While no one would usually compare “Grey’s Anatomy” to “Game of Thrones” — they’re two pretty um, drastically different shows — Thursday’s (Feb. 9) episode gave a big wink to the HBO megahit when Stephanie Edwards (Jerrika Hinton) aptly announces, “Winter is coming!”
And she’s not wrong. There are no flying dragons or heads getting chopped off, but heads (of departments) are still rolling. The disagreement as to who should be in charge of the residents has snowballed into an ugly battle. A line between has been drawn between those who want to give Dr. Minnick (Marika Dominczyka) — and by extension, Chief Bailey (Chandra Wilson), who is going full Cersei as she doubles down — a chance, and those who don’t understand why Richard (James Pickens Jr.) is being replaced.
Insubordination and blatant disregard for orders is not something Bailey takes lightly. So when Meredith Grey (Ellen Pompeo) ignores Minnick’s OR request, Bailey throws down the gauntlet and suspends Grey. Kicking out the current Chief of General Surgery sends a straightforward message to all: It’s loud and clear there’s a zero-tolerance rule for those not following Minnick’s orders.
However, Grey marches out with ease — because that’s obviously what she would do — and treats it like she’s been ordered to go on vacation. She looks all too happy to be home with her kids, and finally have time to do laundry. Maybe there’s something about having her name on the front of the hospital that gives her the confidence she’ll be back soon, because she truly doesn’t seem worried… And not in her dark-and-twist nihilist form, either. This isn’t a “screw it,” it’s a “no problemo” — and we love it.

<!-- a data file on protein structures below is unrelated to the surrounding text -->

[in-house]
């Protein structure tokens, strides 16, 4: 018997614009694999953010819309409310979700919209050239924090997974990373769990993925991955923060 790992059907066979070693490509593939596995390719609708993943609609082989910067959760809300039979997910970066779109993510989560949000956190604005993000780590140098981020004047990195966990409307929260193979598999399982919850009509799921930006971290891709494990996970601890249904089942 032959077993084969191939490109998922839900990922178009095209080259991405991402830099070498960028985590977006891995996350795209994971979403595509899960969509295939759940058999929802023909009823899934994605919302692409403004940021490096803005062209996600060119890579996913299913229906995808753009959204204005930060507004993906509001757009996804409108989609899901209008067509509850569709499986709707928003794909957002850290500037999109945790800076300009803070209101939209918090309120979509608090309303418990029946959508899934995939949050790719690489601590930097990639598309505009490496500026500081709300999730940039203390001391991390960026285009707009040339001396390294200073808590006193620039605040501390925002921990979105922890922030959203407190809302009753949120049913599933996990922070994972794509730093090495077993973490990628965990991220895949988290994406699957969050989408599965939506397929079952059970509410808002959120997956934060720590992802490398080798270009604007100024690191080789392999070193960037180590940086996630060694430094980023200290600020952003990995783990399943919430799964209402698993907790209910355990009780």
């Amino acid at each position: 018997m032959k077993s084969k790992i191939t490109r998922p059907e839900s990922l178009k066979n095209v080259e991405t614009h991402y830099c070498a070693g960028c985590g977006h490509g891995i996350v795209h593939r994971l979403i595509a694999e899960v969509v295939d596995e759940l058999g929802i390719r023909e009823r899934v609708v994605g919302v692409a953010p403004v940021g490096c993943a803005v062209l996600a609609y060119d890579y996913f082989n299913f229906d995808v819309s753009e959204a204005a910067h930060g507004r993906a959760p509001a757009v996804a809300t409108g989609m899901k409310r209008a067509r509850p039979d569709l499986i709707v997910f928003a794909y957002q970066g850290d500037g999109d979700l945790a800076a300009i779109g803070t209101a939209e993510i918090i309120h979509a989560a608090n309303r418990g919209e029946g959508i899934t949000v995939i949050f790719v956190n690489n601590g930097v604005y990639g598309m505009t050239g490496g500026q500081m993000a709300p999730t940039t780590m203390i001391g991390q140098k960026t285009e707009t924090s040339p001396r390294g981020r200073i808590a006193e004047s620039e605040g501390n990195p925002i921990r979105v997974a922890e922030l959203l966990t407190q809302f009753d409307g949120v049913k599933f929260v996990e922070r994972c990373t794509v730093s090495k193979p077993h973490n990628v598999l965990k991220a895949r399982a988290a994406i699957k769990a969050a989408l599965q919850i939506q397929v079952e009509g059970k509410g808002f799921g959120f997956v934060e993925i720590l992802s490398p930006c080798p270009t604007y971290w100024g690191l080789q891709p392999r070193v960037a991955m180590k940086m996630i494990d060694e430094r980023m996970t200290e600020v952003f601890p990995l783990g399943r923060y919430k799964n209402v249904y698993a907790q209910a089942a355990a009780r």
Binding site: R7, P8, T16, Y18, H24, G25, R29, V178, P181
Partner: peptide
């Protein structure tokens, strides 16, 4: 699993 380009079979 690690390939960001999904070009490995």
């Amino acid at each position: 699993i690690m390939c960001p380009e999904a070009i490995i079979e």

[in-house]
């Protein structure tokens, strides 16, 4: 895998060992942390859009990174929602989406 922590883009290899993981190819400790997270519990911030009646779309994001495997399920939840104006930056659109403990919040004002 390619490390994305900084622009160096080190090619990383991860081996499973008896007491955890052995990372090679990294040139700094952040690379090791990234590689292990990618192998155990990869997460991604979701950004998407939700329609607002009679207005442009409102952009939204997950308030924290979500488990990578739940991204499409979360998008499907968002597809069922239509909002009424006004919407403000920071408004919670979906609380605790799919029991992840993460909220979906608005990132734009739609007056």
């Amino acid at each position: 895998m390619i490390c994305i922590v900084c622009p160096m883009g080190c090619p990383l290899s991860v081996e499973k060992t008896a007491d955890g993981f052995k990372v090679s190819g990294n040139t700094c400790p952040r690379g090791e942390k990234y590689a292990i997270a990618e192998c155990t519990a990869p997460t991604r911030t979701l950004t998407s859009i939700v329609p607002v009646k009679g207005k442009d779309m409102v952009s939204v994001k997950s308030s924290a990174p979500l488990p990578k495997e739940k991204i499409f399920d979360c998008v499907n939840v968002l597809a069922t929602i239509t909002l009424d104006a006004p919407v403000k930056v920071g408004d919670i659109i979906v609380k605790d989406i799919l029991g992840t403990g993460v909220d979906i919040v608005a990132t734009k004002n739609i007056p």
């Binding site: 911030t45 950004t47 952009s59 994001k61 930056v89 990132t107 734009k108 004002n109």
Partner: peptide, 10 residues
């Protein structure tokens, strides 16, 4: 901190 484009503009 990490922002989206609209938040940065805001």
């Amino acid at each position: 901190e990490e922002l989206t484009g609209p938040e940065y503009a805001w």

But then Bailey emails everyone which doctor will be replacing Grey in the interim: April Kepner (Sarah Drew). Er… what? Kepner can barely decide what scrubs to put on in the morning, let alone make the tough, lives-hanging-in-the-balance type calls the GS Chief must make on a daily basis. She was in the sh*t during her time overseas and she’s toughened up in a lot of ways, we don’t discount that — but Kepner still doesn’t command the same respect as Grey, nor has she earned it. Meredith is one of the best surgeons in the country, while Kepner is…
Well, she’s Catherine Avery’s (Debbie Allen) former daughter-in-law.
It’s hard to ignore the thread of nepotism happening here: Catherine Avery, who can’t even bring herself to tell Webber she’s the true source of all this turmoil — as it was her idea to hire Minnick in the first place — makes it clear to Bailey that she needs to get this hospital under control. It’s not up to the residents and attendings to decide who’s best fit for what position, Grey-Sloan is not a democracy: Catherine owns the hospital, Bailey is its chief, and in order to keep moving forward with their plan, they are going to put people in power who will follow their lead.
We can’t help but wonder if Minnick really worth all this trouble. It feels like Catherine was trying to fix something that wasn’t broke, and now Bailey is left to pick up the pieces. It hasn’t happened yet, but we expect a further drilldown on this, given it’s a Shondaland show, because clearly this story is in large part about challenging Bailey to stand up and internalize her own power — every half-season, another lesson for her to learn, ever since she became Chief — and bringing Catherine into this means it’s prime time for a conversation that we should have more often: That for people, especially women, of color, you work twice as hard for half as much.